You are here

Archived: Woodland Court Residential Home

The provider of this service changed - see old profile

The provider of this service changed - see new profile

All reports

Inspection report

Date of Inspection: 16 May 2014
Date of Publication: 19 June 2014
Inspection Report published 19 June 2014 PDF

People should be protected from abuse and staff should respect their human rights (outcome 7)

Meeting this standard

We checked that people who use this service

  • Are protected from abuse, or the risk of abuse, and their human rights are respected and upheld.

How this check was done

We looked at the personal care or treatment records of people who use the service, carried out a visit on 16 May 2014, observed how people were being cared for and checked how people were cared for at each stage of their treatment and care. We talked with people who use the service, talked with carers and / or family members and talked with staff.

Our judgement

People who use the service were protected from the risk of abuse, because the provider had taken reasonable steps to identify the possibility of abuse and prevent abuse from happening.

Reasons for our judgement

People who used the service were protected from the risk of abuse because risks were regularly assessed within their care and support plan. We spoke to people who used the service and they told us that they felt safe at Woodland Court Care Home. One person told us “I could tell anyone of the carers or the manager if someone was disrespectful or hurt me”. Another person told us that they were treated with dignity. We spoke with a representative of a person using the service and they told us that they had no safeguarding concerns but would know how to report concerns if they occured.

The provider had an up to date safeguarding policy and procedure. The policy outlined the types of abuse that could occur and how to report safeguarding concerns. The policy set out the responsibilities of staff to report any safeguarding concerns they had for people who used the service. Training for staff on the policy formed part of the mandatory induction training and refresher training was delivered every six months by the deputy general manager.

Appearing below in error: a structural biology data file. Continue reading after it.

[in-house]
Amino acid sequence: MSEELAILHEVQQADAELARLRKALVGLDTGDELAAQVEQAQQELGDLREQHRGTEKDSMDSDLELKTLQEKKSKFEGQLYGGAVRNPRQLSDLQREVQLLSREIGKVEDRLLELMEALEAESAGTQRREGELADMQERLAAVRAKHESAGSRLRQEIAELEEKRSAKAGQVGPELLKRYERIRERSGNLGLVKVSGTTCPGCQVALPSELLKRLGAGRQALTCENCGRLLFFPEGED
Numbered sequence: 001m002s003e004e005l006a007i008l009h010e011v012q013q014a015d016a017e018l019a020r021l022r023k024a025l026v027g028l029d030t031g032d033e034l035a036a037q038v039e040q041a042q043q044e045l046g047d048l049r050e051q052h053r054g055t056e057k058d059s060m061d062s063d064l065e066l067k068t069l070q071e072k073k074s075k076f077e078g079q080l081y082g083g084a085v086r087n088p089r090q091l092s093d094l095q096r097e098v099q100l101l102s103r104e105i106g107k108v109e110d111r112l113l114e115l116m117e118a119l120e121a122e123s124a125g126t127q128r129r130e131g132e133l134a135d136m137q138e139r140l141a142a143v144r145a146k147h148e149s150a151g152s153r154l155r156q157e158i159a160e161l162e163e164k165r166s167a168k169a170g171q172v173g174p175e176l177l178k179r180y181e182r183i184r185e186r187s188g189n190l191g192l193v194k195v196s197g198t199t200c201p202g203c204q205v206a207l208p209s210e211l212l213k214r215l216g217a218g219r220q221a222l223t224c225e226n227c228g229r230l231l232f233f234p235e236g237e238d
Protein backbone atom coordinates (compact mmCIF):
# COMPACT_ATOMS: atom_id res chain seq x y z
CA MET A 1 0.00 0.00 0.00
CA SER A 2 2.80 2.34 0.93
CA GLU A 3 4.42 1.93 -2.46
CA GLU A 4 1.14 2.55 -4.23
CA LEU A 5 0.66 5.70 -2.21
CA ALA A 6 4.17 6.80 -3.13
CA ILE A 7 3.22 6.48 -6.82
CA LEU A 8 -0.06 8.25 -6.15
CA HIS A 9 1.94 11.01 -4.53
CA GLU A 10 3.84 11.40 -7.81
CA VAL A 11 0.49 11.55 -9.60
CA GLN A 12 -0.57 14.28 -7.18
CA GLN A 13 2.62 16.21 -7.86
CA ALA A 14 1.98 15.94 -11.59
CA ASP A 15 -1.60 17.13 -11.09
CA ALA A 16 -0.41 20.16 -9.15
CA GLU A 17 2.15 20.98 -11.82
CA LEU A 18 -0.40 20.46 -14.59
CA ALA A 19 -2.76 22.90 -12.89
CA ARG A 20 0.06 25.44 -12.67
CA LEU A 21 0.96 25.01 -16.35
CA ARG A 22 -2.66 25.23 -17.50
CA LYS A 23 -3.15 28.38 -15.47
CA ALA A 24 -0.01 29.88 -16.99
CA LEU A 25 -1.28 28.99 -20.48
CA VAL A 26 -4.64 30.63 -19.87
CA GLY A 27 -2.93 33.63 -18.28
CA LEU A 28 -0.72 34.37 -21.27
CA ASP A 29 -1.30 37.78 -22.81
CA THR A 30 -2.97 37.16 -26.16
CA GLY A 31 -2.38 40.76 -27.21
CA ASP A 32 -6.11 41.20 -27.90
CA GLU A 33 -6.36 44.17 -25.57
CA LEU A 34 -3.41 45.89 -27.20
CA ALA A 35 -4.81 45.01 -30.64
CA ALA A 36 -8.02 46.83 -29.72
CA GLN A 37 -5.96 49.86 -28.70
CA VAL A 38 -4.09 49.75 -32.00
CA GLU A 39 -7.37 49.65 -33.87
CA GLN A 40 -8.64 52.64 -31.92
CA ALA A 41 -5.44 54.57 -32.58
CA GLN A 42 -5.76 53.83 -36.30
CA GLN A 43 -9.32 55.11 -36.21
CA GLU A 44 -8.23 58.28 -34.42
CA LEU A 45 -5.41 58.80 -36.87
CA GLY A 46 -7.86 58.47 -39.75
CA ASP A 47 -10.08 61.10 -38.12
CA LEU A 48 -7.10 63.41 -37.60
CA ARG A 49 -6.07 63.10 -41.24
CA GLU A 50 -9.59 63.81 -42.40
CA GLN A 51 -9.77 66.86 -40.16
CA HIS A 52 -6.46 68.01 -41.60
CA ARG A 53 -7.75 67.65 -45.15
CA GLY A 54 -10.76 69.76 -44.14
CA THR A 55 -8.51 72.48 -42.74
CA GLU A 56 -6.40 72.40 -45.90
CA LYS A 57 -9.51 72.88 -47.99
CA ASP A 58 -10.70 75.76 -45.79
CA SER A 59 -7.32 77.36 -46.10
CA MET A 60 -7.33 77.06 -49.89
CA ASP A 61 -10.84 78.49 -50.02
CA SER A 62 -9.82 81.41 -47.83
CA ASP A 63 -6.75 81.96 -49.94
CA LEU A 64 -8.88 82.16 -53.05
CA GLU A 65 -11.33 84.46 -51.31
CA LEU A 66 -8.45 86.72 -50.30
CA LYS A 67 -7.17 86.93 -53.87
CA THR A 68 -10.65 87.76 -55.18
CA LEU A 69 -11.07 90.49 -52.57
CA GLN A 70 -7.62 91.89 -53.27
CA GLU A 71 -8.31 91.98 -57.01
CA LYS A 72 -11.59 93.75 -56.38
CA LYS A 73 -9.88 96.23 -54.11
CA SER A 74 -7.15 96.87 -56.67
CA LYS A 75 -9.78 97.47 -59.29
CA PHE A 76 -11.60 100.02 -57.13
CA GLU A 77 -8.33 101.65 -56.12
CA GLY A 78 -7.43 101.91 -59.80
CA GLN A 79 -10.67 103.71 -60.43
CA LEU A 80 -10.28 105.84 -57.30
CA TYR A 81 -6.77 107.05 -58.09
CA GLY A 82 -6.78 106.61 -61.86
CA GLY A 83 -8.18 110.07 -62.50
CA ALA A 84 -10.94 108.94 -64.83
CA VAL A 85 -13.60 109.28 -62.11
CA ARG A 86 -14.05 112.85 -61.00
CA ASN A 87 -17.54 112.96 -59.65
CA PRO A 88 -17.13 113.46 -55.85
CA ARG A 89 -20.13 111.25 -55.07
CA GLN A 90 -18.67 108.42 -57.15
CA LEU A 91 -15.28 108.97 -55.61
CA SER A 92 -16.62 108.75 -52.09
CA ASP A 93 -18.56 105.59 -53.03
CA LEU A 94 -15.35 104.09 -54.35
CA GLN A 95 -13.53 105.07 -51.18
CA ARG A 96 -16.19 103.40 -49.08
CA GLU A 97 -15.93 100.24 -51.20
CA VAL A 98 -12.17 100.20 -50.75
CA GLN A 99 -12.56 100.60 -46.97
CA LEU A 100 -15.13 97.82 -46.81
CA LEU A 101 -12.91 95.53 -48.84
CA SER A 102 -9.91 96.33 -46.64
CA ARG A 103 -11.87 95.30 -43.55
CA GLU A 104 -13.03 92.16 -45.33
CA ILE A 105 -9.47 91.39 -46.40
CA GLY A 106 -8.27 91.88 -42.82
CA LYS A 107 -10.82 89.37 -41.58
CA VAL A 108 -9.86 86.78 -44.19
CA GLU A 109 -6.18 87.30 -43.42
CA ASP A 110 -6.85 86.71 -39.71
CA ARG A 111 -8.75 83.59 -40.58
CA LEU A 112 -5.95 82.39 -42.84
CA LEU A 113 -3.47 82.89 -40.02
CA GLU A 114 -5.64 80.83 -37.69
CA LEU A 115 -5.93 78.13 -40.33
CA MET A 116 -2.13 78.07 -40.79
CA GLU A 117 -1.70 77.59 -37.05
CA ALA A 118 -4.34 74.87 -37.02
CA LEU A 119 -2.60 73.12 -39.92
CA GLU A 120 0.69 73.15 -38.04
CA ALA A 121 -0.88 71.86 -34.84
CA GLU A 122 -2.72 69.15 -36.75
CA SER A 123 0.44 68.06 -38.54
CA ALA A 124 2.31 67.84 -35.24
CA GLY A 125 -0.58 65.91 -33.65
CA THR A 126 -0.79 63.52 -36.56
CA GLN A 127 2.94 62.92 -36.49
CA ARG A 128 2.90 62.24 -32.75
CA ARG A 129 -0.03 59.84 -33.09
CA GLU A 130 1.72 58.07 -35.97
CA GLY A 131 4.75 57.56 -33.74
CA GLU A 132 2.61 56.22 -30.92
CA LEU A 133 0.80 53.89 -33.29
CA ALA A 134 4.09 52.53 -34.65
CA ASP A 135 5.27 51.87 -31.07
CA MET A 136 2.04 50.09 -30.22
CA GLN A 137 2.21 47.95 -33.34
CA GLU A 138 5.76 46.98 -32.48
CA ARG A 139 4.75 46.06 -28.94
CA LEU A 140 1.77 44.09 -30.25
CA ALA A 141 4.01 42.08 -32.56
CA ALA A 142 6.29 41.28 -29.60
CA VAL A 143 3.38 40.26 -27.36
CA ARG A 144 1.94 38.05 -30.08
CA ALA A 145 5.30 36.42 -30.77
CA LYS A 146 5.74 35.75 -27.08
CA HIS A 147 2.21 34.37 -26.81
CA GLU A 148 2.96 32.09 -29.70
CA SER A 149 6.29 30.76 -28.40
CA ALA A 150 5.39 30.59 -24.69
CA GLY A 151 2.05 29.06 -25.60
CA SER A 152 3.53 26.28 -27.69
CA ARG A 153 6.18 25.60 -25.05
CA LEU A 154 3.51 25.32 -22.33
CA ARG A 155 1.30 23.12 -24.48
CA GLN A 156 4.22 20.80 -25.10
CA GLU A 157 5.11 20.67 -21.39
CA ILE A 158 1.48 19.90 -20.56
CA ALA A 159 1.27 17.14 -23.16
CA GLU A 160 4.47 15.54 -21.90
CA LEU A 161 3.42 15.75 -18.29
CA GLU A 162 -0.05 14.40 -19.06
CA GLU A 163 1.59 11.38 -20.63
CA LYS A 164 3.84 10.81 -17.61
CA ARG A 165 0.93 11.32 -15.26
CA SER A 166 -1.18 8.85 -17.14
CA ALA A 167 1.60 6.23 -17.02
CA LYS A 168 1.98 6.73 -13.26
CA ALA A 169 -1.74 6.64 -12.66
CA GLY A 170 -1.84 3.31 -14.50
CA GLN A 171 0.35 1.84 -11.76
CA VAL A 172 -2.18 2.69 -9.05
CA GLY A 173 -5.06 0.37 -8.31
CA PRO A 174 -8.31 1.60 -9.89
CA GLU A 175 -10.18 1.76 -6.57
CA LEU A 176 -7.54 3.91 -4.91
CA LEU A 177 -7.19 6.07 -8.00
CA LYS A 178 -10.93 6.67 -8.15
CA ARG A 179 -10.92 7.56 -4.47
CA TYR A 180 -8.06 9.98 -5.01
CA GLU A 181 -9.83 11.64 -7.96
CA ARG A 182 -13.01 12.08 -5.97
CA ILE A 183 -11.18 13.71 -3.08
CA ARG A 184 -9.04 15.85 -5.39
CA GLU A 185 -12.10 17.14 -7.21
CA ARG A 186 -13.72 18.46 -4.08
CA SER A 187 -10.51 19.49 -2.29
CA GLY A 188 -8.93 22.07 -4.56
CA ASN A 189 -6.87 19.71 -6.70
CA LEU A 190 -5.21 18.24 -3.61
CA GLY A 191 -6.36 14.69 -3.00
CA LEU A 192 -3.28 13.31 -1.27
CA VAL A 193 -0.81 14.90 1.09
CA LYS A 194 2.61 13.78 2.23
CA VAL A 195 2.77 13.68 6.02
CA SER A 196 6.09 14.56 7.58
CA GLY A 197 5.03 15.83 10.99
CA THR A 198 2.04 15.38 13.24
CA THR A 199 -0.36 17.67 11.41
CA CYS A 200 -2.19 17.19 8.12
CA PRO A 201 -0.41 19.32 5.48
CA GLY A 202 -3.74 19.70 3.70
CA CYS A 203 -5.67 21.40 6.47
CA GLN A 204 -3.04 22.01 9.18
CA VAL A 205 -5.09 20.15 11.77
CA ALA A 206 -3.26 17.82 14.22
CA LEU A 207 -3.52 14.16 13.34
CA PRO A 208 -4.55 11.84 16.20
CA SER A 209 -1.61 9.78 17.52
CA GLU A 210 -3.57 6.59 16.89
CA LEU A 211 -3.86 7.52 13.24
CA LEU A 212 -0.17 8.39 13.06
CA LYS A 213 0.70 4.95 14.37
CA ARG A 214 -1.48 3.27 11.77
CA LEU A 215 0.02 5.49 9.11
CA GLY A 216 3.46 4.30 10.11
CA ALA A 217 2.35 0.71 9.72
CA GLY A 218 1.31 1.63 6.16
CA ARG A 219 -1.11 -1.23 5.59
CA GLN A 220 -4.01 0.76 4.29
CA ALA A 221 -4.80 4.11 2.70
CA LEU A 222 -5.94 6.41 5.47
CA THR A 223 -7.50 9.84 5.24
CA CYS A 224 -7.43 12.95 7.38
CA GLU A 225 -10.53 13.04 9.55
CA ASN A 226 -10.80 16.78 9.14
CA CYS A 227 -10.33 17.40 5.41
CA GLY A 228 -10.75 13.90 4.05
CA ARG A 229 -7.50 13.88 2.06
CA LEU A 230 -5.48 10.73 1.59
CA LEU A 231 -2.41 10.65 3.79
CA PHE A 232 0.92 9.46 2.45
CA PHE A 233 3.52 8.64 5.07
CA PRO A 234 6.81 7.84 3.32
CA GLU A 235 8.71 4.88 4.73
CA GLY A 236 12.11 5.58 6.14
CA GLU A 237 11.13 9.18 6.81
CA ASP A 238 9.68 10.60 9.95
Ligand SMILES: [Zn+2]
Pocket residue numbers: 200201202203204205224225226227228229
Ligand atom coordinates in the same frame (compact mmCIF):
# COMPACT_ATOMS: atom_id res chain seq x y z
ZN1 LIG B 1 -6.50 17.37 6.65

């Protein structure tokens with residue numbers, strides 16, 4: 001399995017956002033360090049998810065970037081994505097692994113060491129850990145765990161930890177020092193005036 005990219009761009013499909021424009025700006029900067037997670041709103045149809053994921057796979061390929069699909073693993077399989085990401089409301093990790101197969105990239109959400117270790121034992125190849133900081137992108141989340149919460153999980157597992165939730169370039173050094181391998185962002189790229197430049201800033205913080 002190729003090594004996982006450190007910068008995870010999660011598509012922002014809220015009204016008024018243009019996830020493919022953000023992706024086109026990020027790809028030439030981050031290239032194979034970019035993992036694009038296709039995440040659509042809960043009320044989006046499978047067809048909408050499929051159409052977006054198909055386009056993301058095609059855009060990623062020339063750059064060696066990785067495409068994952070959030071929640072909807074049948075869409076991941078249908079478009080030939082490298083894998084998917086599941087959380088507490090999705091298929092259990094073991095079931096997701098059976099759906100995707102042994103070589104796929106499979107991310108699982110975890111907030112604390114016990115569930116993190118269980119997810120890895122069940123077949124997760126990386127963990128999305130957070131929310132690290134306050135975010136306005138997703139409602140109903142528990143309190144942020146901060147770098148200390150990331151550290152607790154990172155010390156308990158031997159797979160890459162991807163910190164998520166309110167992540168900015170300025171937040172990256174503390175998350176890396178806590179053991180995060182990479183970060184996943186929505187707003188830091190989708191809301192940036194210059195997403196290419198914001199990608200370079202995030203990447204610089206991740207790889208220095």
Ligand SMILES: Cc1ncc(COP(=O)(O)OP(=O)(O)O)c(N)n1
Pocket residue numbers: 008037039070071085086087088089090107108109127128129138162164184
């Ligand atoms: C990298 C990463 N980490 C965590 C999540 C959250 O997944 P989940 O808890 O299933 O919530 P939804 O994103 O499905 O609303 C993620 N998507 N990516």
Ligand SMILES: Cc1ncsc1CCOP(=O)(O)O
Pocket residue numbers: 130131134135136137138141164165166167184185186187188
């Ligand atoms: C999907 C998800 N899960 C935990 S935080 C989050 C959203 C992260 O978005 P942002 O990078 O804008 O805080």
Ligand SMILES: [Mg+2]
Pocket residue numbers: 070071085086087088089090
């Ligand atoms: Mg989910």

The deputy area manager told us that there was a variety of policies that staff had training on that supported prevention of harm to people who used the service. They included prevention of pressure sores, managing the care of people with dementia and a missing person’s policy.

We spoke with staff who were able to identify different forms of abuse and how they should be responded to. A member of staff told us “We are told in our training that safeguarding is central to everything that we do”. Another member of staff said “Many of the people who live here would not be able to tell us if they had been abused and so we have to be vigilant and watch for signs of harm”. We found that the staff were able to explain how to escalate concerns if they felt their manager was not taking their concerns seriously. We looked at the staff training records and evidenced that all staff had up to date training in safeguarding. This meant that staff knew how to identify and report safeguarding concerns.

The provider had a policy on the Mental Capacity Act 2005 and Deprivation of Liberty Safeguards (DoLS). The provider had made an application to the local authority to deprive a person of their liberty. We pathway tracked the application and saw all necessary steps had been taken to minimise the need for restriction of the person’s liberty. We evidenced that the provider had consulted professionals including the person’s doctor and community psychiatric nurse. The person’s social worker had also been consulted and asked to reassess the person to determine if the care arrangements in place needed to be changed.

The provider had sent a safeguarding concern to the local authority since their last inspection. We looked at the alert and saw that it had been made appropriately. The Care Quality Commission (CQC) had also received a statutory notification. All necessary steps had been taken by the provider to minimise the risk of harm and relevant professionals had been consulted including the person’s doctor and a district nurse. We spoke with the district nurse who had been consulted and they told us that they were satisfied with the provider’s actions in response to identifying the concern.

People who used the service or their representative had asked the provider to maintain people’s money in a safe place. We looked at how people’s money was stored and saw it was placed in a secure safe. Each person’s money was secured in a separate envelope and two staff signed an inventory when money was removed. The provider may wish to note that we could not evidence an audit trail for this.

We spoke with representatives of people who used the service and they told us that they had been involved in their relatives risk assessment. Representatives told us that the provider consulted them if new risks were identified. One representative told us that the provider took safeguarding of the people who used the service seriousl